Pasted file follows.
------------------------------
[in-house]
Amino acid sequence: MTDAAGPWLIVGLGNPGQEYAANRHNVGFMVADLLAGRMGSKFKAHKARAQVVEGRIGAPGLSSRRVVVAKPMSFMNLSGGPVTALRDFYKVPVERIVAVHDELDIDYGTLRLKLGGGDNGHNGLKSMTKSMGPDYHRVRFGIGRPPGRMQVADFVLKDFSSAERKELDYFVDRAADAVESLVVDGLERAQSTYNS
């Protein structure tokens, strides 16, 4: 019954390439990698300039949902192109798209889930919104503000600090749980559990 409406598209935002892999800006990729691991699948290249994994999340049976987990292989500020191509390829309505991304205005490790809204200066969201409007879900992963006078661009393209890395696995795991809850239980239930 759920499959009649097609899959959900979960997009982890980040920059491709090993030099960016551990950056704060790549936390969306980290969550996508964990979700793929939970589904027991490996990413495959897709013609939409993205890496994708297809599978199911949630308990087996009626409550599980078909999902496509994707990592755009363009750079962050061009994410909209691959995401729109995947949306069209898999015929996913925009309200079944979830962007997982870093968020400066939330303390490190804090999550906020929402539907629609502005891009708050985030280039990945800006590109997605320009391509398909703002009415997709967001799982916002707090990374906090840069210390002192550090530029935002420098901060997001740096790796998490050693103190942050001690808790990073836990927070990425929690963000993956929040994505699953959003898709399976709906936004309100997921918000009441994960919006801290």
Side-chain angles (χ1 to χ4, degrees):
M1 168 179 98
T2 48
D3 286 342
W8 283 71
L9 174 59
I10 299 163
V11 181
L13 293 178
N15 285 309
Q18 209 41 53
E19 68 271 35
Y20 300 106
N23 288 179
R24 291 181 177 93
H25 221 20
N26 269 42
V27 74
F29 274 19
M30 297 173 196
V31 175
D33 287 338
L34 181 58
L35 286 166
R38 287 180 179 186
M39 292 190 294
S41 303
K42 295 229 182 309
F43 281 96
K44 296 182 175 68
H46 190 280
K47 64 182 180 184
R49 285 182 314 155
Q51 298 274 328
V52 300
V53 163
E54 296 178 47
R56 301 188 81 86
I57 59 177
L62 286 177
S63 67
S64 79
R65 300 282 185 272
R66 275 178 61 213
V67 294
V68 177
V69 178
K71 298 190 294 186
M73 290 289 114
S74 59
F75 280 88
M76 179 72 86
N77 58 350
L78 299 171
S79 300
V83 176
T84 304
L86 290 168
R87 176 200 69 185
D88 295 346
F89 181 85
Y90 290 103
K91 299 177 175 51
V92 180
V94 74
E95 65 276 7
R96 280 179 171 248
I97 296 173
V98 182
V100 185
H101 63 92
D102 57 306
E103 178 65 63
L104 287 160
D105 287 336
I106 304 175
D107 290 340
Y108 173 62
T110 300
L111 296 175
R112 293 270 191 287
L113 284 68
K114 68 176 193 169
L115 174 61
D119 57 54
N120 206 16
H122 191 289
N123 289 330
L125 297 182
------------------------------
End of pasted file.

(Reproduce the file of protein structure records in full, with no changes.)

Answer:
[in-house]
Amino acid sequence: MTDAAGPWLIVGLGNPGQEYAANRHNVGFMVADLLAGRMGSKFKAHKARAQVVEGRIGAPGLSSRRVVVAKPMSFMNLSGGPVTALRDFYKVPVERIVAVHDELDIDYGTLRLKLGGGDNGHNGLKSMTKSMGPDYHRVRFGIGRPPGRMQVADFVLKDFSSAERKELDYFVDRAADAVESLVVDGLERAQSTYNS
């Protein structure tokens, strides 16, 4: 019954390439990698300039949902192109798209889930919104503000600090749980559990 409406598209935002892999800006990729691991699948290249994994999340049976987990292989500020191509390829309505991304205005490790809204200066969201409007879900992963006078661009393209890395696995795991809850239980239930 759920499959009649097609899959959900979960997009982890980040920059491709090993030099960016551990950056704060790549936390969306980290969550996508964990979700793929939970589904027991490996990413495959897709013609939409993205890496994708297809599978199911949630308990087996009626409550599980078909999902496509994707990592755009363009750079962050061009994410909209691959995401729109995947949306069209898999015929996913925009309200079944979830962007997982870093968020400066939330303390490190804090999550906020929402539907629609502005891009708050985030280039990945800006590109997605320009391509398909703002009415997709967001799982916002707090990374906090840069210390002192550090530029935002420098901060997001740096790796998490050693103190942050001690808790990073836990927070990425929690963000993956929040994505699953959003898709399976709906936004309100997921918000009441994960919006801290």
Side-chain angles (χ1 to χ4, degrees):
M1 168 179 98
T2 48
D3 286 342
W8 283 71
L9 174 59
I10 299 163
V11 181
L13 293 178
N15 285 309
Q18 209 41 53
E19 68 271 35
Y20 300 106
N23 288 179
R24 291 181 177 93
H25 221 20
N26 269 42
V27 74
F29 274 19
M30 297 173 196
V31 175
D33 287 338
L34 181 58
L35 286 166
R38 287 180 179 186
M39 292 190 294
S41 303
K42 295 229 182 309
F43 281 96
K44 296 182 175 68
H46 190 280
K47 64 182 180 184
R49 285 182 314 155
Q51 298 274 328
V52 300
V53 163
E54 296 178 47
R56 301 188 81 86
I57 59 177
L62 286 177
S63 67
S64 79
R65 300 282 185 272
R66 275 178 61 213
V67 294
V68 177
V69 178
K71 298 190 294 186
M73 290 289 114
S74 59
F75 280 88
M76 179 72 86
N77 58 350
L78 299 171
S79 300
V83 176
T84 304
L86 290 168
R87 176 200 69 185
D88 295 346
F89 181 85
Y90 290 103
K91 299 177 175 51
V92 180
V94 74
E95 65 276 7
R96 280 179 171 248
I97 296 173
V98 182
V100 185
H101 63 92
D102 57 306
E103 178 65 63
L104 287 160
D105 287 336
I106 304 175
D107 290 340
Y108 173 62
T110 300
L111 296 175
R112 293 270 191 287
L113 284 68
K114 68 176 193 169
L115 174 61
D119 57 54
N120 206 16
H122 191 289
N123 289 330
L125 297 182